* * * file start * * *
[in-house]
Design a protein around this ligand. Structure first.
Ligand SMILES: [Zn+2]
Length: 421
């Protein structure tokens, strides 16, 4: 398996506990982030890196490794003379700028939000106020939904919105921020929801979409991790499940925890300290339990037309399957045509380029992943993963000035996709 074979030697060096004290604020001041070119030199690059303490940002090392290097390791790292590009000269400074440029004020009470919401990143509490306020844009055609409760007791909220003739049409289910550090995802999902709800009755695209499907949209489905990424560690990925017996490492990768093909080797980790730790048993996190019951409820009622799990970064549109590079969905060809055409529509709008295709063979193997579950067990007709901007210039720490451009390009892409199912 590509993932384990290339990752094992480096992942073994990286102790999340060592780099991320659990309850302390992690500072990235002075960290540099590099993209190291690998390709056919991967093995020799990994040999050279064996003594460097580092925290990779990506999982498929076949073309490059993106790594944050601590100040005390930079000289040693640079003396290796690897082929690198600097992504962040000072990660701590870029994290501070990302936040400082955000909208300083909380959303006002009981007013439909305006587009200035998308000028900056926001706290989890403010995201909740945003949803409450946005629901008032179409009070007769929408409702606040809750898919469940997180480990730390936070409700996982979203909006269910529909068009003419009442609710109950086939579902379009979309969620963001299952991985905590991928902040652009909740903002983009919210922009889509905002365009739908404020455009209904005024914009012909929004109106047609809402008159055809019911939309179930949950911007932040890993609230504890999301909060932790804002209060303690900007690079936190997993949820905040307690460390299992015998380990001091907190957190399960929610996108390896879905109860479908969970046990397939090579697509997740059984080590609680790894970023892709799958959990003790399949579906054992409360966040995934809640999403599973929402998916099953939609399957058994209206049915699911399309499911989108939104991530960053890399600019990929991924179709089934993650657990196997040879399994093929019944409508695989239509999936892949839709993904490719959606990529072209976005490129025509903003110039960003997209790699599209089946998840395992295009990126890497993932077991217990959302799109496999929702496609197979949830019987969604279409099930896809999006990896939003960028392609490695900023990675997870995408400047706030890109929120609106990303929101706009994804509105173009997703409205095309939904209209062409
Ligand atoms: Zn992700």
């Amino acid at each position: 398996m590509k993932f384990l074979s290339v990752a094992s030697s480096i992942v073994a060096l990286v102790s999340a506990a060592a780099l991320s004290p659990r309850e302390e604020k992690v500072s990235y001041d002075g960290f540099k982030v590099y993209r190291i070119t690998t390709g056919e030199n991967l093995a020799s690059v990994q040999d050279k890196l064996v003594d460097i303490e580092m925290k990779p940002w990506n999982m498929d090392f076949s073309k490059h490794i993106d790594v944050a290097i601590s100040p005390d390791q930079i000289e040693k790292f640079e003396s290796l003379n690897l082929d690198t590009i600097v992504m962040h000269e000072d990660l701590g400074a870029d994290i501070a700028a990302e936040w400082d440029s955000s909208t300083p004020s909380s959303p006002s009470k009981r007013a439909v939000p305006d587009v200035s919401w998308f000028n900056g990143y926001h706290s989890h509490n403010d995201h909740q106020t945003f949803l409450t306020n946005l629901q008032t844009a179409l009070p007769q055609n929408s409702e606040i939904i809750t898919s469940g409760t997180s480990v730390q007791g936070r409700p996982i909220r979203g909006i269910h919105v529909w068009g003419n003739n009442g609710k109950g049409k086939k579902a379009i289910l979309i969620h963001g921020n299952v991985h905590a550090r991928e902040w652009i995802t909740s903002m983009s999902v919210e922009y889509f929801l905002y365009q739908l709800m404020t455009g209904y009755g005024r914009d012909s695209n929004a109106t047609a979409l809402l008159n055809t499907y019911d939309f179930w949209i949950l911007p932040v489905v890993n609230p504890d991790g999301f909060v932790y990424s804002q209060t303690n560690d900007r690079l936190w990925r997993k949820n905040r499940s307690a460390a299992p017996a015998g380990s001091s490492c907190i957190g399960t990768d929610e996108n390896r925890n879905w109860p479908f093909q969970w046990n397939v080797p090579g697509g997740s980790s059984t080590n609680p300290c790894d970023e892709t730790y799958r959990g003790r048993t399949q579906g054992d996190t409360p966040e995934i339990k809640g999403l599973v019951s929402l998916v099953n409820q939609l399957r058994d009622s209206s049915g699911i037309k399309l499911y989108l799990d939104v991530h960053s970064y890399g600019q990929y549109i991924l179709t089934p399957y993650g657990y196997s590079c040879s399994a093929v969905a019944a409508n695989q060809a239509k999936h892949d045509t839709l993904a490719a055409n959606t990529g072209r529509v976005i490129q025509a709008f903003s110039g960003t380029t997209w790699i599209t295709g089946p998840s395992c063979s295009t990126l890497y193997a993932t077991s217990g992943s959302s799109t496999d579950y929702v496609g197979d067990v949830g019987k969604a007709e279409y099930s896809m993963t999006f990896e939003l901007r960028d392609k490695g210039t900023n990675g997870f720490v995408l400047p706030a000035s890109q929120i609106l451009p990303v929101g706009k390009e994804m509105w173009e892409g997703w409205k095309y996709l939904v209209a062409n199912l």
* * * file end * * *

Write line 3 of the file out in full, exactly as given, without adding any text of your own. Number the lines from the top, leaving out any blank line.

Ligand SMILES: [Zn+2]